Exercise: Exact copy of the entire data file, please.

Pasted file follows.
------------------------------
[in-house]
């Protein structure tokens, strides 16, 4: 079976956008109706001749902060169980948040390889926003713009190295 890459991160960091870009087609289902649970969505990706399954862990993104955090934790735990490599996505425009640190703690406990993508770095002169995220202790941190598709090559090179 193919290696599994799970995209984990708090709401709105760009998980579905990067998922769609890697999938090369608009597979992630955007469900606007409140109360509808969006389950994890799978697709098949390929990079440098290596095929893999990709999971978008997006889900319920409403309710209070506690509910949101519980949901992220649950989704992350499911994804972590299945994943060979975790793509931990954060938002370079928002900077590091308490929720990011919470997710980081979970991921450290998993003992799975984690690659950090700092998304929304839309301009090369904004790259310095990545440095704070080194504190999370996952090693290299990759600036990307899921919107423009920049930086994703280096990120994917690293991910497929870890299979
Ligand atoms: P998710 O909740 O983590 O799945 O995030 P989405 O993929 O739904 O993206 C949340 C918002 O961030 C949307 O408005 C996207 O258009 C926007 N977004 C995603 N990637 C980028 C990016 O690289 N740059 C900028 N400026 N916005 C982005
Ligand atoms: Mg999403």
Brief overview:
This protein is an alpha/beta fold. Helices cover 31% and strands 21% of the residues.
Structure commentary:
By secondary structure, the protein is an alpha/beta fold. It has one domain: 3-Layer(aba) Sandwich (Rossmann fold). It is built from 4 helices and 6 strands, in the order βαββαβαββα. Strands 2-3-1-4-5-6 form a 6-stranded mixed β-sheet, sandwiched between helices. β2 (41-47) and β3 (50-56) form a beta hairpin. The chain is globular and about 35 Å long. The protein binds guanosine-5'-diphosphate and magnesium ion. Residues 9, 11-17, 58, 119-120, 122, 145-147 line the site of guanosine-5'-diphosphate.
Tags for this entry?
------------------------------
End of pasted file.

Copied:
[in-house]
């Protein structure tokens, strides 16, 4: 079976956008109706001749902060169980948040390889926003713009190295 890459991160960091870009087609289902649970969505990706399954862990993104955090934790735990490599996505425009640190703690406990993508770095002169995220202790941190598709090559090179 193919290696599994799970995209984990708090709401709105760009998980579905990067998922769609890697999938090369608009597979992630955007469900606007409140109360509808969006389950994890799978697709098949390929990079440098290596095929893999990709999971978008997006889900319920409403309710209070506690509910949101519980949901992220649950989704992350499911994804972590299945994943060979975790793509931990954060938002370079928002900077590091308490929720990011919470997710980081979970991921450290998993003992799975984690690659950090700092998304929304839309301009090369904004790259310095990545440095704070080194504190999370996952090693290299990759600036990307899921919107423009920049930086994703280096990120994917690293991910497929870890299979
Ligand atoms: P998710 O909740 O983590 O799945 O995030 P989405 O993929 O739904 O993206 C949340 C918002 O961030 C949307 O408005 C996207 O258009 C926007 N977004 C995603 N990637 C980028 C990016 O690289 N740059 C900028 N400026 N916005 C982005
Ligand atoms: Mg999403």
Brief overview:
This protein is an alpha/beta fold. Helices cover 31% and strands 21% of the residues.
Structure commentary:
By secondary structure, the protein is an alpha/beta fold. It has one domain: 3-Layer(aba) Sandwich (Rossmann fold). It is built from 4 helices and 6 strands, in the order βαββαβαββα. Strands 2-3-1-4-5-6 form a 6-stranded mixed β-sheet, sandwiched between helices. β2 (41-47) and β3 (50-56) form a beta hairpin. The chain is globular and about 35 Å long. The protein binds guanosine-5'-diphosphate and magnesium ion. Residues 9, 11-17, 58, 119-120, 122, 145-147 line the site of guanosine-5'-diphosphate.
Tags for this entry?